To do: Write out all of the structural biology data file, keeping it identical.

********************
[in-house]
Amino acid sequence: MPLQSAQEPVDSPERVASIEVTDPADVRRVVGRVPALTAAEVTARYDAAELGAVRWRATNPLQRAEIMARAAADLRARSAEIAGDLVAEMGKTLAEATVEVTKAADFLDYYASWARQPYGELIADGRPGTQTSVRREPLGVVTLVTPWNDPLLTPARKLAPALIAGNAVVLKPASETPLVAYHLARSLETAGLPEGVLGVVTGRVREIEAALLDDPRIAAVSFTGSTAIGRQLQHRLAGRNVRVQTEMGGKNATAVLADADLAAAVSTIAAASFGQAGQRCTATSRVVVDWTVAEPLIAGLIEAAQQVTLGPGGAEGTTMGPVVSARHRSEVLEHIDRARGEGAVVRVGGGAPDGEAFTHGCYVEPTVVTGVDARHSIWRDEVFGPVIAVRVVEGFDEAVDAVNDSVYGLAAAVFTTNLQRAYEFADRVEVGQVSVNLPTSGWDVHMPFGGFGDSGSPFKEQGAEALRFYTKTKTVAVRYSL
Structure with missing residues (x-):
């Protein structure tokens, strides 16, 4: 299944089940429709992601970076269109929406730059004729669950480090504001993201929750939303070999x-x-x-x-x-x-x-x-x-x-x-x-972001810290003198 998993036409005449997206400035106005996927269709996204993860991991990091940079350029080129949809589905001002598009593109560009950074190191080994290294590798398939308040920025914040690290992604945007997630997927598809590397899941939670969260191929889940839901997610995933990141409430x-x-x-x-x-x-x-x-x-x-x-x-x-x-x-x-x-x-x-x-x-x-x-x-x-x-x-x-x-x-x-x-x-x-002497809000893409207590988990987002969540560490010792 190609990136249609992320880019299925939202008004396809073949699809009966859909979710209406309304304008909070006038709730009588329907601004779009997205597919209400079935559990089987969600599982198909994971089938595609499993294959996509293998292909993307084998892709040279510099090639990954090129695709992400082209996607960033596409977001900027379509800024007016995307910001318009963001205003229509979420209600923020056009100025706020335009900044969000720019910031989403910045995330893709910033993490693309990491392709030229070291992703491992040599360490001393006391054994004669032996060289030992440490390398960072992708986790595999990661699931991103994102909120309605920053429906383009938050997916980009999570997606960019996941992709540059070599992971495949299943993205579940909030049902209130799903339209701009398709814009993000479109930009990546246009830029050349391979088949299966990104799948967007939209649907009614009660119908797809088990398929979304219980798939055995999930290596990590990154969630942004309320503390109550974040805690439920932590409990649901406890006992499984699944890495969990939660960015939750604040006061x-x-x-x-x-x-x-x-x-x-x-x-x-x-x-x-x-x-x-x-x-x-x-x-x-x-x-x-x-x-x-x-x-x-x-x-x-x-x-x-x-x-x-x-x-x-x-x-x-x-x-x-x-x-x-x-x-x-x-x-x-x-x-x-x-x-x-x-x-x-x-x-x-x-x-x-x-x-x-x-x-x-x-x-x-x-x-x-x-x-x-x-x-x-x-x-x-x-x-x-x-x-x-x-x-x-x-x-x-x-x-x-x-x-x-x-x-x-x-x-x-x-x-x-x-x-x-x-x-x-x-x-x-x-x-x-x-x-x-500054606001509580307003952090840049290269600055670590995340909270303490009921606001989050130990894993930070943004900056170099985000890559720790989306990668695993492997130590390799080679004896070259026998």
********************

[in-house]
Amino acid sequence: MPLQSAQEPVDSPERVASIEVTDPADVRRVVGRVPALTAAEVTARYDAAELGAVRWRATNPLQRAEIMARAAADLRARSAEIAGDLVAEMGKTLAEATVEVTKAADFLDYYASWARQPYGELIADGRPGTQTSVRREPLGVVTLVTPWNDPLLTPARKLAPALIAGNAVVLKPASETPLVAYHLARSLETAGLPEGVLGVVTGRVREIEAALLDDPRIAAVSFTGSTAIGRQLQHRLAGRNVRVQTEMGGKNATAVLADADLAAAVSTIAAASFGQAGQRCTATSRVVVDWTVAEPLIAGLIEAAQQVTLGPGGAEGTTMGPVVSARHRSEVLEHIDRARGEGAVVRVGGGAPDGEAFTHGCYVEPTVVTGVDARHSIWRDEVFGPVIAVRVVEGFDEAVDAVNDSVYGLAAAVFTTNLQRAYEFADRVEVGQVSVNLPTSGWDVHMPFGGFGDSGSPFKEQGAEALRFYTKTKTVAVRYSL
Structure with missing residues (x-):
């Protein structure tokens, strides 16, 4: 299944089940429709992601970076269109929406730059004729669950480090504001993201929750939303070999x-x-x-x-x-x-x-x-x-x-x-x-972001810290003198 998993036409005449997206400035106005996927269709996204993860991991990091940079350029080129949809589905001002598009593109560009950074190191080994290294590798398939308040920025914040690290992604945007997630997927598809590397899941939670969260191929889940839901997610995933990141409430x-x-x-x-x-x-x-x-x-x-x-x-x-x-x-x-x-x-x-x-x-x-x-x-x-x-x-x-x-x-x-x-x-x-002497809000893409207590988990987002969540560490010792 190609990136249609992320880019299925939202008004396809073949699809009966859909979710209406309304304008909070006038709730009588329907601004779009997205597919209400079935559990089987969600599982198909994971089938595609499993294959996509293998292909993307084998892709040279510099090639990954090129695709992400082209996607960033596409977001900027379509800024007016995307910001318009963001205003229509979420209600923020056009100025706020335009900044969000720019910031989403910045995330893709910033993490693309990491392709030229070291992703491992040599360490001393006391054994004669032996060289030992440490390398960072992708986790595999990661699931991103994102909120309605920053429906383009938050997916980009999570997606960019996941992709540059070599992971495949299943993205579940909030049902209130799903339209701009398709814009993000479109930009990546246009830029050349391979088949299966990104799948967007939209649907009614009660119908797809088990398929979304219980798939055995999930290596990590990154969630942004309320503390109550974040805690439920932590409990649901406890006992499984699944890495969990939660960015939750604040006061x-x-x-x-x-x-x-x-x-x-x-x-x-x-x-x-x-x-x-x-x-x-x-x-x-x-x-x-x-x-x-x-x-x-x-x-x-x-x-x-x-x-x-x-x-x-x-x-x-x-x-x-x-x-x-x-x-x-x-x-x-x-x-x-x-x-x-x-x-x-x-x-x-x-x-x-x-x-x-x-x-x-x-x-x-x-x-x-x-x-x-x-x-x-x-x-x-x-x-x-x-x-x-x-x-x-x-x-x-x-x-x-x-x-x-x-x-x-x-x-x-x-x-x-x-x-x-x-x-x-x-x-x-x-x-x-x-x-x-500054606001509580307003952090840049290269600055670590995340909270303490009921606001989050130990894993930070943004900056170099985000890559720790989306990668695993492997130590390799080679004896070259026998």